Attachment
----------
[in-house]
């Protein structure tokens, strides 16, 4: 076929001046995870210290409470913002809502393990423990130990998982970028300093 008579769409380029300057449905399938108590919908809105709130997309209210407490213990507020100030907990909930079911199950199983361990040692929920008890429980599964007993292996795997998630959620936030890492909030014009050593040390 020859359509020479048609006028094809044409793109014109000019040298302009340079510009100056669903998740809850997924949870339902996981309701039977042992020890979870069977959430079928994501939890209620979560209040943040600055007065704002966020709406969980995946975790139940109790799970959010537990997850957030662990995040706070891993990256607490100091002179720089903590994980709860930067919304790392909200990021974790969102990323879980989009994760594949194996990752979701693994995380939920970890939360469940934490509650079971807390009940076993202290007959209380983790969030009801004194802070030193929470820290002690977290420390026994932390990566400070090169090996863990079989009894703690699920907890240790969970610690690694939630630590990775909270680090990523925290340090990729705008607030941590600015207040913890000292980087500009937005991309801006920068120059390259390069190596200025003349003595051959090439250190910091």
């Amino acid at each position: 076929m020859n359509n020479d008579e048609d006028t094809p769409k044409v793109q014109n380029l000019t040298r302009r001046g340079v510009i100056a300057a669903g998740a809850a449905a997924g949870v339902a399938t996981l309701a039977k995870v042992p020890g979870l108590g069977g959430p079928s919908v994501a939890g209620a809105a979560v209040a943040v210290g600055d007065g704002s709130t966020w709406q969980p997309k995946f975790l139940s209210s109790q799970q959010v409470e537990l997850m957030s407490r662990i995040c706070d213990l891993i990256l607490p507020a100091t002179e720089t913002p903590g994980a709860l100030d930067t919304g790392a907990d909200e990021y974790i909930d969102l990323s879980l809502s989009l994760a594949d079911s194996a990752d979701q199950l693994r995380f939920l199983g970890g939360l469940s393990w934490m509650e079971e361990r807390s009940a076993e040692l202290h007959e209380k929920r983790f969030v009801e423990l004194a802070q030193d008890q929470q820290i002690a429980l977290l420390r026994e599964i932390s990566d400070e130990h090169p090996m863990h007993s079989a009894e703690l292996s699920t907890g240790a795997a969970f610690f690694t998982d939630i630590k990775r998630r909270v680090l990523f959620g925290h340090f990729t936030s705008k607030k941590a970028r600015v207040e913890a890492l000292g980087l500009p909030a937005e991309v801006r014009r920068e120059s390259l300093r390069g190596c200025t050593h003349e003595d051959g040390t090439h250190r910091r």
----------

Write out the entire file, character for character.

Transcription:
[in-house]
């Protein structure tokens, strides 16, 4: 076929001046995870210290409470913002809502393990423990130990998982970028300093 008579769409380029300057449905399938108590919908809105709130997309209210407490213990507020100030907990909930079911199950199983361990040692929920008890429980599964007993292996795997998630959620936030890492909030014009050593040390 020859359509020479048609006028094809044409793109014109000019040298302009340079510009100056669903998740809850997924949870339902996981309701039977042992020890979870069977959430079928994501939890209620979560209040943040600055007065704002966020709406969980995946975790139940109790799970959010537990997850957030662990995040706070891993990256607490100091002179720089903590994980709860930067919304790392909200990021974790969102990323879980989009994760594949194996990752979701693994995380939920970890939360469940934490509650079971807390009940076993202290007959209380983790969030009801004194802070030193929470820290002690977290420390026994932390990566400070090169090996863990079989009894703690699920907890240790969970610690690694939630630590990775909270680090990523925290340090990729705008607030941590600015207040913890000292980087500009937005991309801006920068120059390259390069190596200025003349003595051959090439250190910091």
């Amino acid at each position: 076929m020859n359509n020479d008579e048609d006028t094809p769409k044409v793109q014109n380029l000019t040298r302009r001046g340079v510009i100056a300057a669903g998740a809850a449905a997924g949870v339902a399938t996981l309701a039977k995870v042992p020890g979870l108590g069977g959430p079928s919908v994501a939890g209620a809105a979560v209040a943040v210290g600055d007065g704002s709130t966020w709406q969980p997309k995946f975790l139940s209210s109790q799970q959010v409470e537990l997850m957030s407490r662990i995040c706070d213990l891993i990256l607490p507020a100091t002179e720089t913002p903590g994980a709860l100030d930067t919304g790392a907990d909200e990021y974790i909930d969102l990323s879980l809502s989009l994760a594949d079911s194996a990752d979701q199950l693994r995380f939920l199983g970890g939360l469940s393990w934490m509650e079971e361990r807390s009940a076993e040692l202290h007959e209380k929920r983790f969030v009801e423990l004194a802070q030193d008890q929470q820290i002690a429980l977290l420390r026994e599964i932390s990566d400070e130990h090169p090996m863990h007993s079989a009894e703690l292996s699920t907890g240790a795997a969970f610690f690694t998982d939630i630590k990775r998630r909270v680090l990523f959620g925290h340090f990729t936030s705008k607030k941590a970028r600015v207040e913890a890492l000292g980087l500009p909030a937005e991309v801006r014009r920068e120059s390259l300093r390069g190596c200025t050593h003349e003595d051959g040390t090439h250190r910091r």